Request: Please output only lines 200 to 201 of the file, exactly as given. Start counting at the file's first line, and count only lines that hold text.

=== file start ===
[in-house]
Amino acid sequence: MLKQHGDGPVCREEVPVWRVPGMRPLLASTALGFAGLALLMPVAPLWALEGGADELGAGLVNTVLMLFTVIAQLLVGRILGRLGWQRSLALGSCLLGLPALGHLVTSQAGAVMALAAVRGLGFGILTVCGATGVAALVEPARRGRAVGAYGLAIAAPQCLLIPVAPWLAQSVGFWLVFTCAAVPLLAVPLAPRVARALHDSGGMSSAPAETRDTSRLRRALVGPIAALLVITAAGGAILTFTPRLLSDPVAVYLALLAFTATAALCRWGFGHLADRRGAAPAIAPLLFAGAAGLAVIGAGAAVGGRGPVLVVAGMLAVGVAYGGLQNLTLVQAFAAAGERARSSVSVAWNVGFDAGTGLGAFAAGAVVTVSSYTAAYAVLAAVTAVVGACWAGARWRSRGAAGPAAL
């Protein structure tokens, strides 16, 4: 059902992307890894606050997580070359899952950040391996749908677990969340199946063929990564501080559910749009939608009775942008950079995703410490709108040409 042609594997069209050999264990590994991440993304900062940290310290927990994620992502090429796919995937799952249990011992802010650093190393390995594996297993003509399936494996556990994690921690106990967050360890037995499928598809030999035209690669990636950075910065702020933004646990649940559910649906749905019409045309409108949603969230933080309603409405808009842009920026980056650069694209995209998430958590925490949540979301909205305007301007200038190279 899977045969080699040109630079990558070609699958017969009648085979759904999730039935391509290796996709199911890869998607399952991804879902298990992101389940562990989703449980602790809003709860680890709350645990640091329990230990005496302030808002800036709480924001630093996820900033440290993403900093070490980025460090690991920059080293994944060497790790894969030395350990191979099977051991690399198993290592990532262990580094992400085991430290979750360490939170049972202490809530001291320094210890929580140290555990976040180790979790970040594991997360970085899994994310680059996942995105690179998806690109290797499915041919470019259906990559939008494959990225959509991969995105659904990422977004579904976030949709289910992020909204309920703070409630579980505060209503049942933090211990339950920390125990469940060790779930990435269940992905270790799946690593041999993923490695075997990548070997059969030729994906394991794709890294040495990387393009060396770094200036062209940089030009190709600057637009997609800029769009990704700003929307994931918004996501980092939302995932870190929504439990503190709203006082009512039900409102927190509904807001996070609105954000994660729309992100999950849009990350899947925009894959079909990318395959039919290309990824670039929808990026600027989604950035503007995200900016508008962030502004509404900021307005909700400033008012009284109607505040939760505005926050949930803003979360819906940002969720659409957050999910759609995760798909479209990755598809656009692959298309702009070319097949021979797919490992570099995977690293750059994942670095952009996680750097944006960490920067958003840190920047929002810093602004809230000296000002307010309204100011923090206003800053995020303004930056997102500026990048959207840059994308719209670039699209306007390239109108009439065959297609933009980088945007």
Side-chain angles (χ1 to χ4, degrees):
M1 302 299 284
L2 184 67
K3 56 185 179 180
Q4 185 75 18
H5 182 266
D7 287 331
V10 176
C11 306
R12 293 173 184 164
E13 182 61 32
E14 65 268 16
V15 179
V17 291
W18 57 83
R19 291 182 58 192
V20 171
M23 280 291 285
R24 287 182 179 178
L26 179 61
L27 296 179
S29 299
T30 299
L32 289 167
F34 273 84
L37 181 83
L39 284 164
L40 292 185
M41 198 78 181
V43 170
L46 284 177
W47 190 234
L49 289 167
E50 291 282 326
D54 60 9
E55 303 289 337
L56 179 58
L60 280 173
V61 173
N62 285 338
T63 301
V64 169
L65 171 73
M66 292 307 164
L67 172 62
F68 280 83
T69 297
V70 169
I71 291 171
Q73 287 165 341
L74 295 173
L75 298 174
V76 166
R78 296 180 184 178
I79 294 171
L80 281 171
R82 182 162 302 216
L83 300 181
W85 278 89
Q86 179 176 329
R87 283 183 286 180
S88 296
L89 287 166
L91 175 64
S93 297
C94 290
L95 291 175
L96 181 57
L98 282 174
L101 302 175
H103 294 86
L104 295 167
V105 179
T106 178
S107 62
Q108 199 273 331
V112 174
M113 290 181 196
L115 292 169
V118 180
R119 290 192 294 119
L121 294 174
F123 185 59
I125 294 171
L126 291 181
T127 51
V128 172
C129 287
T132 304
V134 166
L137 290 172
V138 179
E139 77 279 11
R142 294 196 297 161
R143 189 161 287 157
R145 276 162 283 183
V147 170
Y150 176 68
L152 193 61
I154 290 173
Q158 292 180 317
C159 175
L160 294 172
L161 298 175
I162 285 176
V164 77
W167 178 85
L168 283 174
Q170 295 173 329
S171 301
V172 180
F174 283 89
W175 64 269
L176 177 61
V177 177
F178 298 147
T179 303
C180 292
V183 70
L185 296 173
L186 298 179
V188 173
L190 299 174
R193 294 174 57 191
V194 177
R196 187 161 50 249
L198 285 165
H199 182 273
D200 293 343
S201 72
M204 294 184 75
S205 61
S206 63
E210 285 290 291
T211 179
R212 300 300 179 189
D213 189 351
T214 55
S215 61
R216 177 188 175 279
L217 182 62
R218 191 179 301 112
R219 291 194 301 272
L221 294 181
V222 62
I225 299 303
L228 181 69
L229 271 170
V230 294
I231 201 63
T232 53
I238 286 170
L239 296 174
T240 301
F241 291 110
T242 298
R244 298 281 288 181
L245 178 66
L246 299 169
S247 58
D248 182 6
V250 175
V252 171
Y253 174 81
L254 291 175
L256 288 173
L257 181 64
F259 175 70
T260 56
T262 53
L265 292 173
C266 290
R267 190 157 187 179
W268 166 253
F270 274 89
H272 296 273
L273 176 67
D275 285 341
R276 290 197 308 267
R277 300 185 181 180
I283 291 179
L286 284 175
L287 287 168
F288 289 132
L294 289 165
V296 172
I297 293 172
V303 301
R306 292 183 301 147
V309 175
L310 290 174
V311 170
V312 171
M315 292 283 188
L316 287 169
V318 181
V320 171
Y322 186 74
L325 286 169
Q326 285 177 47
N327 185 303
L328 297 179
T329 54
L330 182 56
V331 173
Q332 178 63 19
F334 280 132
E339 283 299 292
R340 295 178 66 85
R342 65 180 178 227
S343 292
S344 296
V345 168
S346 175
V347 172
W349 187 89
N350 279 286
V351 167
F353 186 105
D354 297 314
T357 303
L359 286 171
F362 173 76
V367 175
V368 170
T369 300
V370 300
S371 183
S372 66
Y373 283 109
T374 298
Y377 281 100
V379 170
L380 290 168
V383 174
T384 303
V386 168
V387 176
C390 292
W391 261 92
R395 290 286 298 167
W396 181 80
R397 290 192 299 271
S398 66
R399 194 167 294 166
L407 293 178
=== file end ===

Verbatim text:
V320 171
Y322 186 74